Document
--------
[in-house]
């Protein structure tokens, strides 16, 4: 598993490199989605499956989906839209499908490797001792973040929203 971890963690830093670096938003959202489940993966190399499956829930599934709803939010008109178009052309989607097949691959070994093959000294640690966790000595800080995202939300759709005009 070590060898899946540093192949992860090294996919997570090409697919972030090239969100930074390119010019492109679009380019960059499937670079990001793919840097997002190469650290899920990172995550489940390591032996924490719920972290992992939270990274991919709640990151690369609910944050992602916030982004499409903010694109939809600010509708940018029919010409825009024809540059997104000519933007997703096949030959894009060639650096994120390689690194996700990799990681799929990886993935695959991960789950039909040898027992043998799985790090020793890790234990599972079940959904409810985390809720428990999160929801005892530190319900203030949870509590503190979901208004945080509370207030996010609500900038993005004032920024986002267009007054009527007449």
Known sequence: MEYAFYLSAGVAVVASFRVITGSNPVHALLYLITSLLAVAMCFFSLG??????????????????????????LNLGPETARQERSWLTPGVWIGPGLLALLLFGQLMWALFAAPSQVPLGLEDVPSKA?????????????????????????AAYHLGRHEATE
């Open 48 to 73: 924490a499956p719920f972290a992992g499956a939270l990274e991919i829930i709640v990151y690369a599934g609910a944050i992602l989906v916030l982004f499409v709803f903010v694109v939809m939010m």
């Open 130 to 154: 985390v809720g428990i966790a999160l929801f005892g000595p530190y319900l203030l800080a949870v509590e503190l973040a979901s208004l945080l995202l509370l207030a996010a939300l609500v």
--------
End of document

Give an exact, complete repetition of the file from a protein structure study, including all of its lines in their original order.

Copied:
[in-house]
């Protein structure tokens, strides 16, 4: 598993490199989605499956989906839209499908490797001792973040929203 971890963690830093670096938003959202489940993966190399499956829930599934709803939010008109178009052309989607097949691959070994093959000294640690966790000595800080995202939300759709005009 070590060898899946540093192949992860090294996919997570090409697919972030090239969100930074390119010019492109679009380019960059499937670079990001793919840097997002190469650290899920990172995550489940390591032996924490719920972290992992939270990274991919709640990151690369609910944050992602916030982004499409903010694109939809600010509708940018029919010409825009024809540059997104000519933007997703096949030959894009060639650096994120390689690194996700990799990681799929990886993935695959991960789950039909040898027992043998799985790090020793890790234990599972079940959904409810985390809720428990999160929801005892530190319900203030949870509590503190979901208004945080509370207030996010609500900038993005004032920024986002267009007054009527007449």
Known sequence: MEYAFYLSAGVAVVASFRVITGSNPVHALLYLITSLLAVAMCFFSLG??????????????????????????LNLGPETARQERSWLTPGVWIGPGLLALLLFGQLMWALFAAPSQVPLGLEDVPSKA?????????????????????????AAYHLGRHEATE
């Open 48 to 73: 924490a499956p719920f972290a992992g499956a939270l990274e991919i829930i709640v990151y690369a599934g609910a944050i992602l989906v916030l982004f499409v709803f903010v694109v939809m939010m």
């Open 130 to 154: 985390v809720g428990i966790a999160l929801f005892g000595p530190y319900l203030l800080a949870v509590e503190l973040a979901s208004l945080l995202l509370l207030a996010a939300l609500v």